Once upon a time in the competitive beer pong community, you could count the elite players in the country on two hands. Whether you’re located on the West Coast or the East Coast, the same names would come up in every conversation. As the community grew and more and more players were exposed to the competitive levels of the game, something happened: Everyone got good.

The first World Series of Beer Pong I played in was WSOBP III. My partner at the time had made his debut the year prior and he told me we would be a cinch to make Day Three. He told me that players in our region played the best competition throughout the year and we would be so much better than everyone else. Our first opponent on the first day was a guy he had won a lot of money from off of cash games the year before. Those guys that apparently “sucked” beat us by 4 or 5 cups. It was more of the same for the rest of the tournament and we ended up NOT making Day Three, the first and last time I would miss Day Three.

It used to be that you could look at your preliminary schedule and figure out who the “easy wins” would be and what the “touch matchups” would be. You’d ask your friends if they knew any of the teams or players. Not anymore. You can’t underestimate anyone these days. Just because a player isn’t well-known or just because they don’t make a million posts a day in the National Beer Pong Facebook group doesn’t mean anything. Almost everyone who is signing up to play competitively at the WSOBP or Masters of Beer Pong can play and hang with the best.

So how do players become great players? I think there are three ways:

1. Natural Ability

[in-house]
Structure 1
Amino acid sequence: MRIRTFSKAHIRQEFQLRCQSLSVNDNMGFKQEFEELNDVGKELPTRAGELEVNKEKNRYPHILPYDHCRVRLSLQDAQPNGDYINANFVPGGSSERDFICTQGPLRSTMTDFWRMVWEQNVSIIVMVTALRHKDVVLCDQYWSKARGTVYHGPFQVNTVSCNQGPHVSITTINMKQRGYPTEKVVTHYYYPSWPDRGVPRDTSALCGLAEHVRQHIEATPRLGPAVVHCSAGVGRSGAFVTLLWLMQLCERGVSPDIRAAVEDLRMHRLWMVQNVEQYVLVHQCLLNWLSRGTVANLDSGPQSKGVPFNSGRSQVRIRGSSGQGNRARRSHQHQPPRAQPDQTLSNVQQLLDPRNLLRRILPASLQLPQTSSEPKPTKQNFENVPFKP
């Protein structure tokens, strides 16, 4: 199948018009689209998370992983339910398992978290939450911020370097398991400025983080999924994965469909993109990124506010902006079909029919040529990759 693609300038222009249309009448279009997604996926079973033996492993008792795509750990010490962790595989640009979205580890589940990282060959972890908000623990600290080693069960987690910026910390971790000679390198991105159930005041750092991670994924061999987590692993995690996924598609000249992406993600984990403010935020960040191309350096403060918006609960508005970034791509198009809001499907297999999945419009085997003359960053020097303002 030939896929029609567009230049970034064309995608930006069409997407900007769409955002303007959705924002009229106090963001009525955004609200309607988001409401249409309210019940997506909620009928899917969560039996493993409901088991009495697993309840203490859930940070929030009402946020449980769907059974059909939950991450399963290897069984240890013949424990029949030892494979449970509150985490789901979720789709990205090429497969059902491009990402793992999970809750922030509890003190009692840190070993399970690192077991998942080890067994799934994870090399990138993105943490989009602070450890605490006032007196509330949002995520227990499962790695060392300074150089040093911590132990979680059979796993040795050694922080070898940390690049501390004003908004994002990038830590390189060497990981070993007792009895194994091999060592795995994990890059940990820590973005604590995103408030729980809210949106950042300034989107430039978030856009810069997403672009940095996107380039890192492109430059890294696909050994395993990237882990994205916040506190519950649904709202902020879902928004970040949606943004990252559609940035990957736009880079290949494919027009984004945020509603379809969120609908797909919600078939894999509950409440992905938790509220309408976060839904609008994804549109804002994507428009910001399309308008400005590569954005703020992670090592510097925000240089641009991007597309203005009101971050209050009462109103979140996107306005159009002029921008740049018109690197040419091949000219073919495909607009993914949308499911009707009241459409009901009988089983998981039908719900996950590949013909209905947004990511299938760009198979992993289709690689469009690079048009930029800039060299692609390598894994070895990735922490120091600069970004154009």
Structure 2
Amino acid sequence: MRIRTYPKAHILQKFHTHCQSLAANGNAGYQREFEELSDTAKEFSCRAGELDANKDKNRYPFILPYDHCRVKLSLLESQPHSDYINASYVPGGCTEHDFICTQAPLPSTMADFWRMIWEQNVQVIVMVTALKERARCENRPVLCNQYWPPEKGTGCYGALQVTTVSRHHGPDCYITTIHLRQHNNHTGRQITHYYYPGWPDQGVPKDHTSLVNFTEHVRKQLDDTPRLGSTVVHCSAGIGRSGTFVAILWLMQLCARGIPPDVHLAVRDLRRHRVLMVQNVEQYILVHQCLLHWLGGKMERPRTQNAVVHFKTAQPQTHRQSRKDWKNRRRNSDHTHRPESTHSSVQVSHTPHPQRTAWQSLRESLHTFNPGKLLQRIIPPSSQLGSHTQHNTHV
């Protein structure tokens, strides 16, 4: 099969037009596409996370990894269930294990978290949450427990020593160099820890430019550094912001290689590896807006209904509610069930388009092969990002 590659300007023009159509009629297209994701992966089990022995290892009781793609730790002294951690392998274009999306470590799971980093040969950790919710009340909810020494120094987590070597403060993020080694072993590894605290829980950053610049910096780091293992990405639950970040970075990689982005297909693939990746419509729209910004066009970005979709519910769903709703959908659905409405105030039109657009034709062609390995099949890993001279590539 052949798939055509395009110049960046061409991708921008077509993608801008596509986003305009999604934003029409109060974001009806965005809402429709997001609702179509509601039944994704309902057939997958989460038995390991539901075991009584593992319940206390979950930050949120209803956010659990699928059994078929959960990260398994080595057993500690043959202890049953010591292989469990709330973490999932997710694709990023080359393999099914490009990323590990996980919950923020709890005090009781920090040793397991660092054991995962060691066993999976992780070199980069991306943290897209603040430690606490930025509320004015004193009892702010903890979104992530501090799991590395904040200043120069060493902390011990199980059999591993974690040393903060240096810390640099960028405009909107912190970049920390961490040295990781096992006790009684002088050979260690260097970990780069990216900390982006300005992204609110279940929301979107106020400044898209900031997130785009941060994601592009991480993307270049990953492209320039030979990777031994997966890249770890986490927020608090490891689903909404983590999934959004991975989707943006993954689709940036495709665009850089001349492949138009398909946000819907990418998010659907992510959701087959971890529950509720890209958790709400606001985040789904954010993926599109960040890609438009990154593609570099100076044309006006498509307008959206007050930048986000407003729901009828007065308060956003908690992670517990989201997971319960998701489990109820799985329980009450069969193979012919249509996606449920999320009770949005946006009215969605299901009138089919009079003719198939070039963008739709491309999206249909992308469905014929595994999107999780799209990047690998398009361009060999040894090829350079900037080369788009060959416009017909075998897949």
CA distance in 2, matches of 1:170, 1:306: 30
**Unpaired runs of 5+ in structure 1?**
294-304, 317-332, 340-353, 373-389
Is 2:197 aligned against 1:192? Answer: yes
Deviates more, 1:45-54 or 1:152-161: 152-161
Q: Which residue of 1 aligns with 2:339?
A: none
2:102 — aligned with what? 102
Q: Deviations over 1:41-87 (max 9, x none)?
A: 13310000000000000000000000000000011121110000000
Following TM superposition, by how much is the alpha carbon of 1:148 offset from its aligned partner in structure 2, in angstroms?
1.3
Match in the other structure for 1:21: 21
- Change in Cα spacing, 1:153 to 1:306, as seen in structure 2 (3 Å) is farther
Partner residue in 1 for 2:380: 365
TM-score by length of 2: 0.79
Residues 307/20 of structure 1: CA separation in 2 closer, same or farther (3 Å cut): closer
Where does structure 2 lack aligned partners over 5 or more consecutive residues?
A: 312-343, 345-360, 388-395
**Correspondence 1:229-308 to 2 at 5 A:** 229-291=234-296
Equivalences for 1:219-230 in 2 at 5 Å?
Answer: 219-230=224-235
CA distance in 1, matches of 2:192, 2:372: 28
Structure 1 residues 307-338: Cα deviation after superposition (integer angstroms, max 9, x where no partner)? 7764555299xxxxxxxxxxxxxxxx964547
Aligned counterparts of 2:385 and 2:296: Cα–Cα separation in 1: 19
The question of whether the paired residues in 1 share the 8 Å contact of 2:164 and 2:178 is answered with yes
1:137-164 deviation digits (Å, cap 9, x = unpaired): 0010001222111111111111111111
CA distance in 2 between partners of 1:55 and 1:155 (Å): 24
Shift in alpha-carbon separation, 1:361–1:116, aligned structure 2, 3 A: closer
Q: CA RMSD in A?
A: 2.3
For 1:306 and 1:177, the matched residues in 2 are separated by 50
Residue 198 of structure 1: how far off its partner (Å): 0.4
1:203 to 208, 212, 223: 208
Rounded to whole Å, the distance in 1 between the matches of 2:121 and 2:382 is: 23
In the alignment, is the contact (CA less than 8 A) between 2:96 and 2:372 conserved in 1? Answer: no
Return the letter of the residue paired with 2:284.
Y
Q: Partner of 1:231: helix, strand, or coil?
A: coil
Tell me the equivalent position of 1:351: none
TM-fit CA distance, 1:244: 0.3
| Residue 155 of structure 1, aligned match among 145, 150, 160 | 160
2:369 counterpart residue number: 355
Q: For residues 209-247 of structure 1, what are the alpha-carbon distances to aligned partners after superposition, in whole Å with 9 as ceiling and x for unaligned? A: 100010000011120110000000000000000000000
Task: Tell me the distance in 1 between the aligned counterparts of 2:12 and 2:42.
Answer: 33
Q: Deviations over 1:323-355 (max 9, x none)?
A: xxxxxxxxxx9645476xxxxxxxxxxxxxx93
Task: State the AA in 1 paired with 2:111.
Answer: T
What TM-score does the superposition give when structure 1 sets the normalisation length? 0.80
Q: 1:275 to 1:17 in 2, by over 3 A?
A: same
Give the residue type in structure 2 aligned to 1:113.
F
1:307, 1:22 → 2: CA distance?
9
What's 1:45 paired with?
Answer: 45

As shitty as it is for the rest of us, some guys are just naturally good. The first organized tournament I ever played in also happened to be the first organized tournament that Sean Foster played in. My friend and I looked at the team Sean ^2 and, given our background in partying, figured it to be an easy win. Well, they smoked us. They finished 2-2 but went on to take second place in their very next tournament a couple of weeks later. Granted, Foster has become a much better player since then, but even from the beginning he was hanging with the best.

2. Practice

Practice anything and you’ll get better at it, right? In the case of Sean Foster, he took beer pong practice to the next level. He invented the “Pong Shot” ball return device. Basically, he’d shoot a ball at cups and it would roll back to him. Rumor has it he would take hundreds of shots a night. We know this because his ex-girlfriend would tell everyone how much he would play with his Pong Shot. While not everyone has a pong shot, we’ve all shot cups by ourselves from one side of the table, retrieve the balls, and shoot from the other side. Some practice with their partners, etc. While practice can’t replace real game experience, it can certainly take a player to the next level.

3. Experience

Neither the highest amounts of natural ability or practice can substitute for true game experience. There’s no preparation for how you’ll feel the first time you make the finals of a tournament. Almost all of us go through the “happy to be here” phase of a beer pong career. You’re in the finals, you’re guaranteed a prize of some kind, and you are just happy to be there. Once you get a taste of victory or defeat you’re left wanting more, but those first couple of times, it’s all good win or lose. But for most of us, it takes a while to get rid of the nerves you’ll experience shooting a big rebuttal shot, or coming back from a deficit with our backs against the wall. It takes a while to learn how to deal with distractions, and on the opposite end, how to get in your opponent’s head as well. In the end, you need to learn from experience how to get better.